Being an educator in the midst of the COVID-19 pandemic has been nothing short of challenging. Schools have had to adapt to the pandemic by transitioning to online classrooms — and they’ve had to do it almost overnight.
Remote instruction comes with a unique set of challenges for both the teacher and the student. Many instructors are not digitally savvy, unlike young students who grew up with technology at their fingertips. Furthermore, teachers have different teaching styles, while students have different learning styles. Adapting personal preferences to a virtual setting is another hurdle they have to navigate.
But with online learning looking to be the future of education, at least for the time being, determining teaching strategies that work is imperative. Read on for a list of key considerations for educators.
Dozens of educational tools and platforms surfaced during the pandemic. Chief among them are video conferencing software that play a pivotal role in online learning. Based on a survey, Zoom is the leading program used for synchronous classes because the plans are affordable and the platform is easy to use. For document writing and collaboration, instructors also use Google Docs, which tracks and automatically saves changes made by each user.
Zoom and Google Docs are only two of the tech tools used in remote learning — there are various other options. Educators are tasked with choosing which of them their students are already familiar with. If it’s completely new, the technology needs to be easy to roll out and accessible to all. Remember that not all students might have the capacity to run complicated apps or software and no child should be left behind in education.
The online learning environment is a lot harder to control. This is why Katherine Louthan, dean of Maryville University’s adult and online degrees, recommends limiting the number of students in each class. Maryville University is native to the virtual space and educators have found that maintaining engagement is a challenge and thus, a major priority. Louthan wrote in a University Business article about engagement that, from her school's experience, personal interactions — or high-touch environments — are effective in keeping engagement high in an online setting. Smaller classes make it easier to promote social interactions between students and teachers, which have been found to improve student satisfaction and learning.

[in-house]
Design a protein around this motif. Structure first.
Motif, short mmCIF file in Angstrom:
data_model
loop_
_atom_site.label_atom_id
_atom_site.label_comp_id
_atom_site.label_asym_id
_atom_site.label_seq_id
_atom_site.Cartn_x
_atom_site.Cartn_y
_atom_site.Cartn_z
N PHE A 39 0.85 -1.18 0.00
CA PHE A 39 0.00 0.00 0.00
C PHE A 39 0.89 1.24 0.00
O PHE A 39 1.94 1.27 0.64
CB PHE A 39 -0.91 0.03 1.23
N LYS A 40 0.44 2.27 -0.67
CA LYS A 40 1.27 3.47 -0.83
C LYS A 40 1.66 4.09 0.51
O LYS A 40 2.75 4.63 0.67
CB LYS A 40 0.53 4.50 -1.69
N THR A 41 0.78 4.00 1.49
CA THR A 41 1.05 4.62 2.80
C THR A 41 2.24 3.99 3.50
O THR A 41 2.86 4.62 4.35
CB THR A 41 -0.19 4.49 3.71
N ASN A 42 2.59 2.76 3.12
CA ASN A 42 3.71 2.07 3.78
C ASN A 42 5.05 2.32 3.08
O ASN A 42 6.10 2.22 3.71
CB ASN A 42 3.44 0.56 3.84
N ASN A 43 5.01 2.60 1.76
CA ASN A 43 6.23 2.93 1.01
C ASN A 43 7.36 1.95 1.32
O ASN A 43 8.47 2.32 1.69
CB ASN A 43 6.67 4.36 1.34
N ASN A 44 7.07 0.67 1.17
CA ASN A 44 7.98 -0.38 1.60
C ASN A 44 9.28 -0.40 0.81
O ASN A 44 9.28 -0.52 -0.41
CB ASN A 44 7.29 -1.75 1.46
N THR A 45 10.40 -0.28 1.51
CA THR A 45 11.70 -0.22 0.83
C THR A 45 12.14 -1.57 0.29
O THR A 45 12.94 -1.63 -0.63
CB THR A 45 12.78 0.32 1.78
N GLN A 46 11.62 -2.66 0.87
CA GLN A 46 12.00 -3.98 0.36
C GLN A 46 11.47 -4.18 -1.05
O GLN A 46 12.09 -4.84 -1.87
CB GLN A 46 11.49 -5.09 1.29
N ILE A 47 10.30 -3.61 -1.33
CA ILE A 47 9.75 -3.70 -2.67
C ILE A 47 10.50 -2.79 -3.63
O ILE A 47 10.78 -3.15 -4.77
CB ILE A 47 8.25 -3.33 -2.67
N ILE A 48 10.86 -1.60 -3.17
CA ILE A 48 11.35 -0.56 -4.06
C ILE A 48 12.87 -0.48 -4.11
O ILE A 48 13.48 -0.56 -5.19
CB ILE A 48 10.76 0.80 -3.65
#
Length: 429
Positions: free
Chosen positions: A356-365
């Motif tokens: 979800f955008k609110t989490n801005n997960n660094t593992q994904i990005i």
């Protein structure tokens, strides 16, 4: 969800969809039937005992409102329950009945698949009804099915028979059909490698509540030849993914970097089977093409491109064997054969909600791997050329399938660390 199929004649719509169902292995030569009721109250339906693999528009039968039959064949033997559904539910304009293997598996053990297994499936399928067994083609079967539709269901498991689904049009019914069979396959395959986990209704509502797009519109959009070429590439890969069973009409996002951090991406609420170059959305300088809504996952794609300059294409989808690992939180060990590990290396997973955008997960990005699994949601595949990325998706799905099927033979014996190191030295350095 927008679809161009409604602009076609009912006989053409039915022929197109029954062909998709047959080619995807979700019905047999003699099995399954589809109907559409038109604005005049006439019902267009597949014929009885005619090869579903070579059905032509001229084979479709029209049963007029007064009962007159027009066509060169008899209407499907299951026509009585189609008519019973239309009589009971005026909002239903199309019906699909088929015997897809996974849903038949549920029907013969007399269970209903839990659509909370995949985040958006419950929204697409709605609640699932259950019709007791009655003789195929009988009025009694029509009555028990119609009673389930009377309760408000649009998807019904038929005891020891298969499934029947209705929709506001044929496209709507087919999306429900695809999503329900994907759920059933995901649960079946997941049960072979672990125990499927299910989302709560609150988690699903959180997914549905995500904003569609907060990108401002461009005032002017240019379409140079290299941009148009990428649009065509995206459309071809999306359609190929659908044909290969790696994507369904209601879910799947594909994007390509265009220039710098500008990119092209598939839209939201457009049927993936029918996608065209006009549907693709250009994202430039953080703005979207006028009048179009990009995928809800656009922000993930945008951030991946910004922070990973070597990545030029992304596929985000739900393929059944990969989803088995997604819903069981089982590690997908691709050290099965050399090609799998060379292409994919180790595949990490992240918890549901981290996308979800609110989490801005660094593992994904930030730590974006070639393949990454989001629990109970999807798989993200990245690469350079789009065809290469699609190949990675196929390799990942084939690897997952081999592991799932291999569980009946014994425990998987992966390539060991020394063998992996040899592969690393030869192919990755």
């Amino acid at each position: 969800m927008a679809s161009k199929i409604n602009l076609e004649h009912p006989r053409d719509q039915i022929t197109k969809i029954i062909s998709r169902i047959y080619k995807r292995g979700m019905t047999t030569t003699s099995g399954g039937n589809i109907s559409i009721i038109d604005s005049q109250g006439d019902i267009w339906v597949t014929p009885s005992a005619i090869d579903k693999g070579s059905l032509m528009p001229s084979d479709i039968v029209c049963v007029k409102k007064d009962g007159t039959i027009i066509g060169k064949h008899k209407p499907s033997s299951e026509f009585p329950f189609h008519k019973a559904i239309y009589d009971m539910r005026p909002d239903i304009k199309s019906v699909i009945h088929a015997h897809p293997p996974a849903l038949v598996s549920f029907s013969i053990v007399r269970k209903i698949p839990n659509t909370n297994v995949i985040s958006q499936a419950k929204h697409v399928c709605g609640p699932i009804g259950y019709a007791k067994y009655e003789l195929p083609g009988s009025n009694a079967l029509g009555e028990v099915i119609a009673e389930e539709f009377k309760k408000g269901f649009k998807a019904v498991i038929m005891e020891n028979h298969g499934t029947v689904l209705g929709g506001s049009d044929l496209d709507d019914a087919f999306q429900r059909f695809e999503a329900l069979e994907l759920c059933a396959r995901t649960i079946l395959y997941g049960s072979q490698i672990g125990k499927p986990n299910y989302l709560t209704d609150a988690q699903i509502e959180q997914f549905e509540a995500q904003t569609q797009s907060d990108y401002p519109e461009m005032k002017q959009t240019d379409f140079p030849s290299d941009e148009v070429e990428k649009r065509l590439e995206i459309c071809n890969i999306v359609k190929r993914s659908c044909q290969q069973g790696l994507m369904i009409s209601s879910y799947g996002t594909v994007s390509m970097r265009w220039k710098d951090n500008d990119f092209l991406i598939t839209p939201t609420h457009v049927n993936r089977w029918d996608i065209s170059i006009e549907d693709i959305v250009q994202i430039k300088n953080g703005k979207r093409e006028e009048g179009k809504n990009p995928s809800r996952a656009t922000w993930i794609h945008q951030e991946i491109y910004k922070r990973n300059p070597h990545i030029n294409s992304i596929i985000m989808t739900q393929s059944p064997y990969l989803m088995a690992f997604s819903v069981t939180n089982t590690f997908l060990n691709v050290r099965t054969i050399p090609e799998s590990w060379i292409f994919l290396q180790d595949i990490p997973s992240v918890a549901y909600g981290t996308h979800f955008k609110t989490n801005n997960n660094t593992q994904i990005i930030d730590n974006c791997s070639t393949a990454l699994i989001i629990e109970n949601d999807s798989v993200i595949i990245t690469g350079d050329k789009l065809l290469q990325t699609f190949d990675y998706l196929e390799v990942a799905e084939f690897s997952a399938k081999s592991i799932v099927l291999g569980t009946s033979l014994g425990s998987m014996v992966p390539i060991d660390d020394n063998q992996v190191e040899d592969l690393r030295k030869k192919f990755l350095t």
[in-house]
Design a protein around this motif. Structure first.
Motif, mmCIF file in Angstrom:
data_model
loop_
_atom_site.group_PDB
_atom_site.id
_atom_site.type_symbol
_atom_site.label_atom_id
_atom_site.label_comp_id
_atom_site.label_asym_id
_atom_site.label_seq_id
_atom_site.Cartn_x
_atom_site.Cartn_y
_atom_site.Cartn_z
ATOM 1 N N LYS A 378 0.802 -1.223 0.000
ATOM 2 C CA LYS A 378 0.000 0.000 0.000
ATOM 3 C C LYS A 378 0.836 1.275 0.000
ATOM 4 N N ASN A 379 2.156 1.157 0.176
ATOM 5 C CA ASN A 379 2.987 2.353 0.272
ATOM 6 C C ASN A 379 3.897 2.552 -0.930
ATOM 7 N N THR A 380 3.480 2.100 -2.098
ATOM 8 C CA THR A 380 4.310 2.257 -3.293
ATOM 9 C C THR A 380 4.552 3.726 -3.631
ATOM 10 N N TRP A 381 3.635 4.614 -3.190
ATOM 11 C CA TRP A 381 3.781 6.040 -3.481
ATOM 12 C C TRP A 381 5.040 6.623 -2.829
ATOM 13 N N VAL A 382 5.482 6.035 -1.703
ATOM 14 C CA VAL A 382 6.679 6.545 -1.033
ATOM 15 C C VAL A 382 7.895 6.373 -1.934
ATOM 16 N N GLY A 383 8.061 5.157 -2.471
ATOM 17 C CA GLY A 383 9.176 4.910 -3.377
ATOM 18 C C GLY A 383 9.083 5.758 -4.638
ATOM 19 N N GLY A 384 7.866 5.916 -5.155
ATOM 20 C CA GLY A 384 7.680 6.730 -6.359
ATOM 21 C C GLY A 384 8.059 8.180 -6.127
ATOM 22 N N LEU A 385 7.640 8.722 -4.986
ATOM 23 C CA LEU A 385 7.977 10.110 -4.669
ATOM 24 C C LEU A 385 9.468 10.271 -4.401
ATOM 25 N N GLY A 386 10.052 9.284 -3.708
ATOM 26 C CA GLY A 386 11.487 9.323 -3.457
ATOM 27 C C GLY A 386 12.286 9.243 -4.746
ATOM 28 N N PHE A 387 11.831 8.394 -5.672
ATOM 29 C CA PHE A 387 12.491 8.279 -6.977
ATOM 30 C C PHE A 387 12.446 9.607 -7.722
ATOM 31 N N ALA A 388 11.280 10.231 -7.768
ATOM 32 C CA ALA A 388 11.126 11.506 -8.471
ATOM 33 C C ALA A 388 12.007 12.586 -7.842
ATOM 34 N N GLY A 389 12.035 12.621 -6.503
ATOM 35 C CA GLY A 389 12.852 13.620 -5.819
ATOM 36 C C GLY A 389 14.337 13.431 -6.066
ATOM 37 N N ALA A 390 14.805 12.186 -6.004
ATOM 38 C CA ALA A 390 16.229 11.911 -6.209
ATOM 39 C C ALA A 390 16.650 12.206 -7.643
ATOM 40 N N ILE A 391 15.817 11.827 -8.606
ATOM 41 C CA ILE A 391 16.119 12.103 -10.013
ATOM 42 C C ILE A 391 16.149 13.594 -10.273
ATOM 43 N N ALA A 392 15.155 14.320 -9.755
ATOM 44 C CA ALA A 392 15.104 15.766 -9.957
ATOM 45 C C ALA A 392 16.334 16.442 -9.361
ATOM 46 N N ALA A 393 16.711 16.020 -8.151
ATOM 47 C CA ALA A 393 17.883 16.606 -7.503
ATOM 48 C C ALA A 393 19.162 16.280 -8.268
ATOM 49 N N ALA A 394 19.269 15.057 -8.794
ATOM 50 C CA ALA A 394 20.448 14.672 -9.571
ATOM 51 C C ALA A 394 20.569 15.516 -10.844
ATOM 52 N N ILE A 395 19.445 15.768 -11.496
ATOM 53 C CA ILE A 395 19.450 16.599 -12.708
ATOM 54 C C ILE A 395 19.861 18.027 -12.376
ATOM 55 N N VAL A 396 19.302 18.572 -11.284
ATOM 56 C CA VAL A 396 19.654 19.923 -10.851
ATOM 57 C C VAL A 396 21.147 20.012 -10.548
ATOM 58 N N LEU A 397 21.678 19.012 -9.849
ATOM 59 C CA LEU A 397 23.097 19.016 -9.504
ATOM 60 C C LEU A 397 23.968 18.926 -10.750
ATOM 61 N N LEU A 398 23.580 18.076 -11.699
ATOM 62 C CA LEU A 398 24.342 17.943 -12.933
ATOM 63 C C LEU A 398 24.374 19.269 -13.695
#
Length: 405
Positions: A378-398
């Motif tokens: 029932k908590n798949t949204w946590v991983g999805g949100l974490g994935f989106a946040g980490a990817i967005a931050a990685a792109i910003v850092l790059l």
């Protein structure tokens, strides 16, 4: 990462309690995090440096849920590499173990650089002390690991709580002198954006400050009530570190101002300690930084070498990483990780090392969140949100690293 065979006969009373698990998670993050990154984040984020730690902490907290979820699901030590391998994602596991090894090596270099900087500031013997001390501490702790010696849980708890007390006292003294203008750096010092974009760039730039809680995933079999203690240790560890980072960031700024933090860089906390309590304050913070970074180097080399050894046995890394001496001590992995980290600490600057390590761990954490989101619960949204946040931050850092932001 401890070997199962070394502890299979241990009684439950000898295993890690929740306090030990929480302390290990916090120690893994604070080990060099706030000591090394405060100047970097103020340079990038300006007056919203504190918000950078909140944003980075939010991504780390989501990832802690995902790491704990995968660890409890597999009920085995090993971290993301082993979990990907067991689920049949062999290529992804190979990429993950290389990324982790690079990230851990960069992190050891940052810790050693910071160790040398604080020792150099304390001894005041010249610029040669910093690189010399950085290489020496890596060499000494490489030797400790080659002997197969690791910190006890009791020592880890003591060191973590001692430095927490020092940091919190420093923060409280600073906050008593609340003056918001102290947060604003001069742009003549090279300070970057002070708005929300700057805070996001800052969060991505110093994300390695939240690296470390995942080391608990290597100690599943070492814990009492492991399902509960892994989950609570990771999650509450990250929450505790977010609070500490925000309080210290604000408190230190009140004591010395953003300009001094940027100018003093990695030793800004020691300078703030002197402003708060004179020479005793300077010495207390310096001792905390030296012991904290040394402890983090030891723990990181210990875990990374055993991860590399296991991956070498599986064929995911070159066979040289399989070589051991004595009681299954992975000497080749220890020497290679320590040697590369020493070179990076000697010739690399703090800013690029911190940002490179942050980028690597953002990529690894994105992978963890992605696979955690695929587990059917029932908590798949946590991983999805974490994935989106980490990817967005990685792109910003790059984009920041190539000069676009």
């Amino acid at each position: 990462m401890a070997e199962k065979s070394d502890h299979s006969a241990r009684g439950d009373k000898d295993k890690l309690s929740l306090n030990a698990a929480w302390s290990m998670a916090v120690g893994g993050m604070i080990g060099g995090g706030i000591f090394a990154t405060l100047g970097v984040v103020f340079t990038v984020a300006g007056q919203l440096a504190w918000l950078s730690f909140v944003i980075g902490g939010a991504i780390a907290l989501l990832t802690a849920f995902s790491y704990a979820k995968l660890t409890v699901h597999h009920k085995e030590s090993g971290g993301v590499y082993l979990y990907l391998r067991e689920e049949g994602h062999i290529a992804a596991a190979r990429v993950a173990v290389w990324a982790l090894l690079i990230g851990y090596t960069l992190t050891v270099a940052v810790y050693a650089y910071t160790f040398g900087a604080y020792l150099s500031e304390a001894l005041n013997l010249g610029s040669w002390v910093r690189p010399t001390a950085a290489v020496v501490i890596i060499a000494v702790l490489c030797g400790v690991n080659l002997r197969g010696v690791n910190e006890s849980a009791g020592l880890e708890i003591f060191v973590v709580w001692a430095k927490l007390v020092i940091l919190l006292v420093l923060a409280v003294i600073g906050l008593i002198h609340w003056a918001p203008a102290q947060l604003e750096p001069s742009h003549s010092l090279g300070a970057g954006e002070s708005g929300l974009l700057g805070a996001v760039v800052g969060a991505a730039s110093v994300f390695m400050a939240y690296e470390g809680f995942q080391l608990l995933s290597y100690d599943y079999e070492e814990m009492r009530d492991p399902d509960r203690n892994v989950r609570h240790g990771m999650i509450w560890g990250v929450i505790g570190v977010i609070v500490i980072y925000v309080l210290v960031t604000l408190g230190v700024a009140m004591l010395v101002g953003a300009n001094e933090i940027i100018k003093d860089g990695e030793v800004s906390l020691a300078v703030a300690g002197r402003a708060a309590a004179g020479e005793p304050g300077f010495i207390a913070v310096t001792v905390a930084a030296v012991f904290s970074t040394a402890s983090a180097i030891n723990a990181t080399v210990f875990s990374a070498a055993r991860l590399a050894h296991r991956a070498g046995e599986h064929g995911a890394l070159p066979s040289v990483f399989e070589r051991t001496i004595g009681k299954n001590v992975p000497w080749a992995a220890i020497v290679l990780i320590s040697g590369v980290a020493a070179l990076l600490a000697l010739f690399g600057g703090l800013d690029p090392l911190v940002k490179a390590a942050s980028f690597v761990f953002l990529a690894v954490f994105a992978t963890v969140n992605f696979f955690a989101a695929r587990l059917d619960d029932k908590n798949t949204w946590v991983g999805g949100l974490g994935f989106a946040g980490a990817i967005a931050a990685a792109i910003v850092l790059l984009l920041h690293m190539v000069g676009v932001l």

But if it’s not possible to reduce the number of students in each class, Louthan suggests creating smaller groups for discussions and activities. Zoom has an option to create Breakout Rooms that allow teachers to go around and facilitate discussions or simply observe. However you choose to do it, providing opportunities to collaborate is crucial for enhancing learning. Students and teachers can share ideas, widen perspectives, and develop valuable social skills.
Online instruction can get monotonous pretty fast because of the physical constraints. In a traditional classroom, you have more room to facilitate more activities and different modes of teaching.
The challenge for teachers in virtual classrooms is to mix up content every now and then. One example is to use games, which curriculum developer Carol Rawlings Miller describes as effective tools for engagement. Gamifying the educational experience can help win over children who are easily bored or distracted, and build a sense of community for all levels and ages. Mixed content can also mean making use of Anki flashcards, which help with learning various subjects, including language, history, and geography. The flashcards are customizable and can make virtual classrooms more interactive and engaging.
Want to learn more about new technologies for learning? Read more of our blog posts here at Polar.
Written by: Laura Fritz